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The hidden costs of virtualization - Part 1 of 3

If you are thinking about virtualizing your data center, or just interested in going down the server virtualization route, you might want to check out my latest opinions on the subjet.  For those that either know me or read the VMBlog or Virtualization Report, it is quite evident that I am a huge evangelist of the virtualization technology.  But, that doesn't mean that I don't believe that the technology has a few pitfalls or things to be concerned about.  Dan Knezevic and I have been working in the server virtualization space for around 7 years now.  We've been involved with VMware, Connectix and Microsoft products while each were in their early alpha (pre-beta) stages.  In so doing, we have come across a lot of caveats and things to watch out for. 

In this latest article published on TechTarget Magazine's SearchServerVirtualization site, Dan and I discuss the hidden costs that can be associated with virtualization.  The first of three parts discusses Power and Heat Costs as well as Management Costs.

Here is a snippet of the TechTarget article.  I hope you enjoy it. 

In the rush to consolidate servers and save precious data center space, many companies are turning to virtualization. By consolidating a data center's physical servers into virtualized servers, the enterprise can experience higher server utilization and increased operational efficiency.

Although virtualization brings lots of benefits and features, it is important to keep in mind that virtualization is not the Holy Grail and may not be appropriate for every situation or environment. It does come with some drawbacks. These drawbacks may not be deal breakers, but you should be aware of them before you adopt the technology. In this column, we will look at several key issues that can cause problems in a virtualization adoption.

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Power and heat costs

One of the first problems often overlooked is the high power consumption and high heat output of a physical server hosting multiple virtualized servers. Remember that virtualized servers cause the hardware to run at a higher utilization rate, which means the power required to operate the physical server hardware goes up, as does the heat output.

A physical server running many virtual machines may run at a constant 80% or higher utilization rate, at which point the hardware is pulling quite a bit more power than a non-virtualized server running on average around 15% utilization.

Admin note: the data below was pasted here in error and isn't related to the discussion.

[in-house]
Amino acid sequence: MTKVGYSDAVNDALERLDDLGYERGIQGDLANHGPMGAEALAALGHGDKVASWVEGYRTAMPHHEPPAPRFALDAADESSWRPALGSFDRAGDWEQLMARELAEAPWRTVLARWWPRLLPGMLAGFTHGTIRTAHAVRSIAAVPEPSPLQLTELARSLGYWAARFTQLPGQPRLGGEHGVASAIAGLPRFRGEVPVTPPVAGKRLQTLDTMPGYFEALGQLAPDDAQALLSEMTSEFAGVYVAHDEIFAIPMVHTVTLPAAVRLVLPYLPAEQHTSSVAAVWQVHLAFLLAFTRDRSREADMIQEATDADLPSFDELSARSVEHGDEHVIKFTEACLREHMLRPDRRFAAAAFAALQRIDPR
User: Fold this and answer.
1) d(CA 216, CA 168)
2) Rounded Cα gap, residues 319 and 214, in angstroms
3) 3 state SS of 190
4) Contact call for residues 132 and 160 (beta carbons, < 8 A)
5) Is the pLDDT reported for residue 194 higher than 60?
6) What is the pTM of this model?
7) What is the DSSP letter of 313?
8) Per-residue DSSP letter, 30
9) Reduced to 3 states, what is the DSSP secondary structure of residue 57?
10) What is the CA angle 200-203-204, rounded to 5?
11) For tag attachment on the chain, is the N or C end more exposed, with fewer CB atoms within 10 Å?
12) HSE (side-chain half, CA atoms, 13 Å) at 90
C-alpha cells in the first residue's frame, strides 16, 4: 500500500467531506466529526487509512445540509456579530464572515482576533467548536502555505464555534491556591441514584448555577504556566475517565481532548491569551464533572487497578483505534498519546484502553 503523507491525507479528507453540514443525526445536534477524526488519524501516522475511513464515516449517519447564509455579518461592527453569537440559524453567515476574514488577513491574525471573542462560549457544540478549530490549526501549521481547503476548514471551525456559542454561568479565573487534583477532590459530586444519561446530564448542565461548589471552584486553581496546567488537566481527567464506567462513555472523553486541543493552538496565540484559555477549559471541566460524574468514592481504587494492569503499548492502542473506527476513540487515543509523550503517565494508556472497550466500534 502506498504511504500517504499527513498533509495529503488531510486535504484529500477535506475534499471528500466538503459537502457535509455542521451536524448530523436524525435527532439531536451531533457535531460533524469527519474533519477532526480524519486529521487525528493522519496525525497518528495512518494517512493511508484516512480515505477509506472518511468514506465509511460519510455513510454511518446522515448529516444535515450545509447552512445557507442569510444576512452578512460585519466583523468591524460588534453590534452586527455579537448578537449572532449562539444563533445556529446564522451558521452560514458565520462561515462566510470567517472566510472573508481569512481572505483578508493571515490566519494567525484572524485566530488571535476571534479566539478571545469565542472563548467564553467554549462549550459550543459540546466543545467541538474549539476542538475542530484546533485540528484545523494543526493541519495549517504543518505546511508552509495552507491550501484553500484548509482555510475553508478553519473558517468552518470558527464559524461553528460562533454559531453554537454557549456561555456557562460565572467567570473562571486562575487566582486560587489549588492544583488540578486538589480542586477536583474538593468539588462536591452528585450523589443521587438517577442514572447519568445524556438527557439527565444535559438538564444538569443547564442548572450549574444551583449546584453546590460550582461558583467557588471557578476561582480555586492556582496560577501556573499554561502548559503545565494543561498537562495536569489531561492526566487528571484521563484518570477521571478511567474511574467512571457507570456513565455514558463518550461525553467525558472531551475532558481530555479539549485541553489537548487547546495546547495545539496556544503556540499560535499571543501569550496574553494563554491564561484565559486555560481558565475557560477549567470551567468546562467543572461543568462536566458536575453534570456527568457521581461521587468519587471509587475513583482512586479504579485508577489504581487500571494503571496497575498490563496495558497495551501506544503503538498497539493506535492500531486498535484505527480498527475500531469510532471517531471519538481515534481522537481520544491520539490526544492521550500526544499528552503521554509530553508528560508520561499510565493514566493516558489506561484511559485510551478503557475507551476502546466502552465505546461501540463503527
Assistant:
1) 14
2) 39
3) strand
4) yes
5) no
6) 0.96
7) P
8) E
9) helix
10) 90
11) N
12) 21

Many data centers are not equipped to deal with the new power requirements that are necessary to support virtual servers. For example, you might need four 20-amp power circuits for each 42U data cabinet that is fully loaded with standard 2U servers, in order to satisfy power needs and to provide power redundancy (the ability to withstand a single circuit failure). This power scheme is actually double the standard power layout, which provisions only two 20-amp power circuits per cabinet.

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You can read the entire first part of the article on TechTarget's SearchServerVirtualization site, here.

About the authors: David Marshall is a senior member of the reference architect team at Surgient, Inc., and he specializes in server virtualization, virtualization applications and Windows administration. He also runs the InfoWorld Virtualization Report, as well as the virtualization news blog, VMBlog.com. David is also a co-author of Advanced Server Virtualization: VMware and Microsoft Platforms in the Virtual Data Center, a book that details years of hands on experience using and implementing server virtualization solutions.

Dan Knezevic is a senior network engineer and a team lead for the data center operations team at Surgient Inc, providing expertise in the data center network and server infrastructure as well as virtualization platforms. He also specializes in network security and enterprise storage solutions. He brings six years of virtualization integration experience in the data center environment.

 

Published Wednesday, September 27, 2006 6:02 PM by David Marshall
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